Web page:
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Olympic History: Triathlon

Triathlon is one of two new events in this year's Summer Olympics.

The International Olympic Committee added the event to the Summer Games in September of 1994. It is the hope of the International Triathlon Union, which was established in 1989, that the event will further expose the sport of triathlon on a world-wide scope.

The ITU has set specific rules for the Olympic Games. The distances will be 1.5km swim, 40km cycle and 10K run -- the standard world-wide lengths set after the inception of the ITU World Championship. The distances are shorter than the more well-known Ironman distances (2.4-mile swim, 112-mile bike, and 26.2-mile run), forcing participants to prepare for a speed race, more than a duel of endurance.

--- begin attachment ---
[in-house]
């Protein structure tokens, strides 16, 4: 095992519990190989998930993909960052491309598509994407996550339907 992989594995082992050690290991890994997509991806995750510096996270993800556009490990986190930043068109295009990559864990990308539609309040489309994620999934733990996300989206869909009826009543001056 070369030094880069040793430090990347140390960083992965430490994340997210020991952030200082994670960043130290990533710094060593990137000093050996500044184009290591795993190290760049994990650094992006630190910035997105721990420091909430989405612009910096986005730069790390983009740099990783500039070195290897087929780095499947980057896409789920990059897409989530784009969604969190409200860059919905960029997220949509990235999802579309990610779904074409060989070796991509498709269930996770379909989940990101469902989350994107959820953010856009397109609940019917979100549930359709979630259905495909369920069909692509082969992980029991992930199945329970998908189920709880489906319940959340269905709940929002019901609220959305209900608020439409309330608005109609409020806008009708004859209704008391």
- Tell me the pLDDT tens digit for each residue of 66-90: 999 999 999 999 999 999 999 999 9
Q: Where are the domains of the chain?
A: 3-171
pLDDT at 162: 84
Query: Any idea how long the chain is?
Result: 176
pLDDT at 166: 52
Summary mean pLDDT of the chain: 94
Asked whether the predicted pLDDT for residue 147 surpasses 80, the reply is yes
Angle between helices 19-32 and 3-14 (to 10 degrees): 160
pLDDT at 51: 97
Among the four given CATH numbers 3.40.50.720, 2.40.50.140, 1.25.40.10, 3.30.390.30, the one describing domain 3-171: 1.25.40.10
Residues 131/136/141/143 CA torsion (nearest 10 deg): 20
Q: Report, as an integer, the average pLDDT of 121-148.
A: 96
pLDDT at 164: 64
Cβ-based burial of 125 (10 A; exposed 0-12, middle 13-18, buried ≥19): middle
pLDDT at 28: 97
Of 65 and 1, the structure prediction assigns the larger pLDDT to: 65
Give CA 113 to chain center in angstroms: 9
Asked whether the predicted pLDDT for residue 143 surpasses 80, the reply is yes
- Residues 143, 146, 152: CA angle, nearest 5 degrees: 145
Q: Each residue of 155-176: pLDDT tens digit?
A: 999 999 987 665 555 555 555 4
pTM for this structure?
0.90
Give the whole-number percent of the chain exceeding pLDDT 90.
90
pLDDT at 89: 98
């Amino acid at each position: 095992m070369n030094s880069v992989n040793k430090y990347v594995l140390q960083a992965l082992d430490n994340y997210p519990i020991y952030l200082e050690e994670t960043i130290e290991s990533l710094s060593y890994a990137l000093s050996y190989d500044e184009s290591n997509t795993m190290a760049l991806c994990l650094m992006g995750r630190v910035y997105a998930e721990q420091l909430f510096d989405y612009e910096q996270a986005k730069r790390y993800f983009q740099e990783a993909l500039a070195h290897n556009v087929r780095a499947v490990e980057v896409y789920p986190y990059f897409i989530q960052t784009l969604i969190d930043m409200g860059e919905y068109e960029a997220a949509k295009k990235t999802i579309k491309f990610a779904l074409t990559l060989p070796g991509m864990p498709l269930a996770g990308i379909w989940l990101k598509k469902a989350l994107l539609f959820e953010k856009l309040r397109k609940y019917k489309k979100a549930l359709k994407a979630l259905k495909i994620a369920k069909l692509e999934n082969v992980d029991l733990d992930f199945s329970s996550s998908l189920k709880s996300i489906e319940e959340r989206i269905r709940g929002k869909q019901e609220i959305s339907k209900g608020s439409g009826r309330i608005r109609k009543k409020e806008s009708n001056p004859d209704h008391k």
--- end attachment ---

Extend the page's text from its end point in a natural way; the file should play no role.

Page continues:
The first known swim, bike, run triathlons were held at San Diego's (Calif.) Mission Bay in 1974 and were run by the San Diego Track Club on summer evenings. U.S. Naval Officer John Collins, one of the athletes in the first Mission Bay race, was a major influence in establishing the Ironman.

Taking three Oahu endurance events and combining them into one, the first Ironman was held in January of 1978, with only 12 participants, all of whom were men. Two years later, hundreds were showing up for the race and the showing launched TV coverage of the event - something that has happened every year since.

In 1991, the IOC recognized the ITU as the sole governing body for the sport of triathlon, and what followed was the sport's debut in the Goodwill Games (1994) and the Pan Am Games (1995).